Drug distribution in human milk
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Editor, – I refer to the article 'Drug distribution in human milk' (Aust Prescr 1997;20:35-40).
I am impressed by the assessment and summary of the safety of breast feeding during maternal drug therapy. I am particularly interested to learn about the drug transfer into milk of anti-tuberculosis drugs, especially isoniazid.
Do infants born to lactating mothers with tuberculosis and who are taking isoniazid need isoniazid prophylaxis? Or do we have to readjust (decrease) the dose of isoniazid provided when they need isoniazid prophylaxis?
Police Forces Hospital
Addis Ababa, Ethiopia
K.F. Ilett, J.H. Kristensen, R.E. Wojnar-Horton and E.J. Begg, the authors of the article, comment:
Space constraints in this journal and a marked lack of data have precluded us from addressing a broad range of drugs. Thus, our article concentrated on drugs which are commonly prescribed in Australia. However, the references listed under 'Further Reading', or a telephone call to the nearest Obstetric Drug Information Service can often provide useful information on other drugs.
Dr Kebede's request for information on the transfer of antitubercular drugs into human milk is an example of a group of drugs where there is limited information. Data for pyrazinamide and p-aminosalicylic acid come from a single patient study that found an estimated infant exposure of 0.3% and 0.1% respectively of the weight-adjusted maternal dose.1 Breast feeding was considered to be safe. Rifampicin and ethambutol have each been studied in only two patients, but milk concentrations were low and breast feeding was considered safe.2,3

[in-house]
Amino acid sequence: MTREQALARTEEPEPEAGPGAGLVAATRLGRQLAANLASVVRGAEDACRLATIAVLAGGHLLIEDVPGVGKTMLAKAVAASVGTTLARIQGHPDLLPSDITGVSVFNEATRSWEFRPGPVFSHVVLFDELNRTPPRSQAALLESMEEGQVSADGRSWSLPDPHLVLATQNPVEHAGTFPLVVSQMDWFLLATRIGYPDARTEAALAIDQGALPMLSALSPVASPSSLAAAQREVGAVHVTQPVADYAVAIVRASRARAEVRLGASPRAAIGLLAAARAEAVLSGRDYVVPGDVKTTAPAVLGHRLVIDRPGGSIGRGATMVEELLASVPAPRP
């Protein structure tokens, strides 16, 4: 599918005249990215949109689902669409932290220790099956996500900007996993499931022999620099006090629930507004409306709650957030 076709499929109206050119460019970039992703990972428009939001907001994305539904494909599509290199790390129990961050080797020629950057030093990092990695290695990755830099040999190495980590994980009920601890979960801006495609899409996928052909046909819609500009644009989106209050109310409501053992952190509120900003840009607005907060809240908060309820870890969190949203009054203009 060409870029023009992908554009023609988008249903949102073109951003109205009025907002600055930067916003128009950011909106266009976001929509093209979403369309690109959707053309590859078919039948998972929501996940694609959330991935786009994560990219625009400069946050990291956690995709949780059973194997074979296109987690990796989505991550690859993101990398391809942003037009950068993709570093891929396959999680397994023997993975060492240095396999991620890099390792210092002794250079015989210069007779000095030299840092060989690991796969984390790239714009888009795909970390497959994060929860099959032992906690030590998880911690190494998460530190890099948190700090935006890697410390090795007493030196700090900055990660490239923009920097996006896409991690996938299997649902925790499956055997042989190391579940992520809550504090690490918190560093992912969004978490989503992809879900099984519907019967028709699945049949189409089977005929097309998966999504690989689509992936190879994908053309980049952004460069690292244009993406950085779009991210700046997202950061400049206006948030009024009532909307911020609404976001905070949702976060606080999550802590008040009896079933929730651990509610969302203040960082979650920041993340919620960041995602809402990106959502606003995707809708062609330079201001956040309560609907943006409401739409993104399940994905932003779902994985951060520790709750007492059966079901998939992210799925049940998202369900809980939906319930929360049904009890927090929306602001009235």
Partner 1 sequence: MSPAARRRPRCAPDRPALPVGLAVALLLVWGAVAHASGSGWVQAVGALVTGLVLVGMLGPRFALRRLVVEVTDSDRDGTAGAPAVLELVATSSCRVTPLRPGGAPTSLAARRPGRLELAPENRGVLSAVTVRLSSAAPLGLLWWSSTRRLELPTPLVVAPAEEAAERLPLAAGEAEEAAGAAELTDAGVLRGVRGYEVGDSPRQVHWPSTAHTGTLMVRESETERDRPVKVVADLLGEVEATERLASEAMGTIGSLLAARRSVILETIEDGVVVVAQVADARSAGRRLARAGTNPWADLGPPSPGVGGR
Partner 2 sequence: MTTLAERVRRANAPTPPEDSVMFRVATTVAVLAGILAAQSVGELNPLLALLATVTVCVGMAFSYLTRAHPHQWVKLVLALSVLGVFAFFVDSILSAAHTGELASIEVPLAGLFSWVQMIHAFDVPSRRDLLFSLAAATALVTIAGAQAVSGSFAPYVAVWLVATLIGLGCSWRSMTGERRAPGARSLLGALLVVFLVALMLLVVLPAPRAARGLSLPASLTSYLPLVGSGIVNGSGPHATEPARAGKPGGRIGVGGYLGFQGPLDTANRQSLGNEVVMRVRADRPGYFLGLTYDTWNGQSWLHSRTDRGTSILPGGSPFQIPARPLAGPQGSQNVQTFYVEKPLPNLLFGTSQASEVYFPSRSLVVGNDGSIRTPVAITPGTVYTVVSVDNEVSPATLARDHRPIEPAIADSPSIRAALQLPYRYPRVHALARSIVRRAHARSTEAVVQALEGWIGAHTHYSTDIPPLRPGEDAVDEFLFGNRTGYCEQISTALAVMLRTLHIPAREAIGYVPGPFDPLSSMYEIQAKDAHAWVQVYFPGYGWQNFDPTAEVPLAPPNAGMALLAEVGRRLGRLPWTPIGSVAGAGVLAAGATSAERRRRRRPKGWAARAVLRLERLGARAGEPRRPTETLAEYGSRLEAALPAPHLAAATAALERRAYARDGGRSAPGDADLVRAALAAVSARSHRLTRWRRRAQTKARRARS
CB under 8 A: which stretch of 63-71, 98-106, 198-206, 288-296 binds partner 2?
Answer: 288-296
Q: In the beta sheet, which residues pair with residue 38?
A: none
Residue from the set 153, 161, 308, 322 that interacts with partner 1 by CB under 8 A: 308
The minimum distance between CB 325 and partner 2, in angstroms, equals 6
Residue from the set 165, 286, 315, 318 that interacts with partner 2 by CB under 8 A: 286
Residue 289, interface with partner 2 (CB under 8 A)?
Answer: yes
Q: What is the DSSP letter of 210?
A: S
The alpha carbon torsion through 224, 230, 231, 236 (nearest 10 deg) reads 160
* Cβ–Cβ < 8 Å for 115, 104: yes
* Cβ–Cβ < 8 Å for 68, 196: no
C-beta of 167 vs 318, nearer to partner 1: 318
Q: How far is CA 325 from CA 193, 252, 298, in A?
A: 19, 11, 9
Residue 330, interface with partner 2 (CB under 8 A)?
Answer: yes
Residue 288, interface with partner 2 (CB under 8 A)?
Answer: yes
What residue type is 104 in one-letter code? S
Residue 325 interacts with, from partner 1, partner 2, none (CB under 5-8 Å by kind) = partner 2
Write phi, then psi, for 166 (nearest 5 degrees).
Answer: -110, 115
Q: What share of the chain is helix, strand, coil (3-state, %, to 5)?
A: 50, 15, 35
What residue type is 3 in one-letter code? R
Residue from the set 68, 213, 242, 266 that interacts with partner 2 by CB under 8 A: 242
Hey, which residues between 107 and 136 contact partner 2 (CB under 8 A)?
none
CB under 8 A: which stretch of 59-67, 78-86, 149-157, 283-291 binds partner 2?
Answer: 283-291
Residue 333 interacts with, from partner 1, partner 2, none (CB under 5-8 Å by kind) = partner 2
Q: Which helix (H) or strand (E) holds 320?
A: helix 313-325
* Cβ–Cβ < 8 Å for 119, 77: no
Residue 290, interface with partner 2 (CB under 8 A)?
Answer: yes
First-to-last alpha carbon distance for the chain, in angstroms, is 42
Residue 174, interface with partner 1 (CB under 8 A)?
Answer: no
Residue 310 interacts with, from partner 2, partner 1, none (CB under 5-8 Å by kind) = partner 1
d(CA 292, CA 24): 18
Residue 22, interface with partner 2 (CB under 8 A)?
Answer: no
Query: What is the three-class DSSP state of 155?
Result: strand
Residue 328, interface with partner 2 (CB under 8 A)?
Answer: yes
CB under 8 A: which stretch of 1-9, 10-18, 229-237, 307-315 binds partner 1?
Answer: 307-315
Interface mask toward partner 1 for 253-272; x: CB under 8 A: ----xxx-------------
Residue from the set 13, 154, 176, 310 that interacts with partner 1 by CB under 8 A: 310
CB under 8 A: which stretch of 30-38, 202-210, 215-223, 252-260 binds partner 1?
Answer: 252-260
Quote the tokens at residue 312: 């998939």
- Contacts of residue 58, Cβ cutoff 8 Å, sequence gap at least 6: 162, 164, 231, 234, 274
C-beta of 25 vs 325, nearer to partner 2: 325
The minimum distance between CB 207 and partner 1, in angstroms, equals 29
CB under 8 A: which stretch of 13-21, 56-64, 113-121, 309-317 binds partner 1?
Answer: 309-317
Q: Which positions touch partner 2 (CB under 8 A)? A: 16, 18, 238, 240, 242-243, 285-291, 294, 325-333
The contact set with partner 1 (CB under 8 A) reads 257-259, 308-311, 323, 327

Both isoniazid and its active metabolite N-acetylisoniazid are excreted in milk. In one patient, maximum infant exposure was calculated to be approximately 12% of the weight-adjusted maternal dose4, or 6% of a children's dose of isoniazid (10 mg/kg). Others have calculated that a breast-fed infant would receive 9-31% of a 10 mg/kg infant dose of isoniazid.5 The American Academy of Pediatrics regards maternal isoniazid therapy as being safe to use while breast feeding.6 Some individualised reduction in dose might be necessary for infants who are also being treated with the drug. In addition, since isoniazid has a significant adverse effect profile in adults, it would seem prudent to monitor the breast-fed infant for toxic adverse effects, some of which occur more frequently in the slow acetylator phenotype.
- Holdiness MR. Antituberculosis drugs and breast-feeding. Arch Int Med 1984;144:1888.
- Briggs GG, Freeman RK, Yaffe SJ. Drugs in pregnancy and lactation. 4th ed. Baltimore: Williams & Wilkins, 1994:768-70.
- Briggs GG, Freeman RK, Yaffe SJ. Drugs in pregnancy and lactation. 4th ed. Baltimore: Williams & Wilkins, 1994:342.
- Berlin CM, Lee C. Isoniazid and acetylisoniazid disposition in human milk, saliva and plasma. Fed Proc 1979;38:426.
- Friedman JM, Polifka JE. The effects of drugs on the fetus and nursing infant. Baltimore: The John Hopkins University Press, 1996:331-3.
- American Academy of Pediatrics Committee on Drugs. The transfer of drugs and other chemicals into human milk. Pediatrics 1994;93:137-50.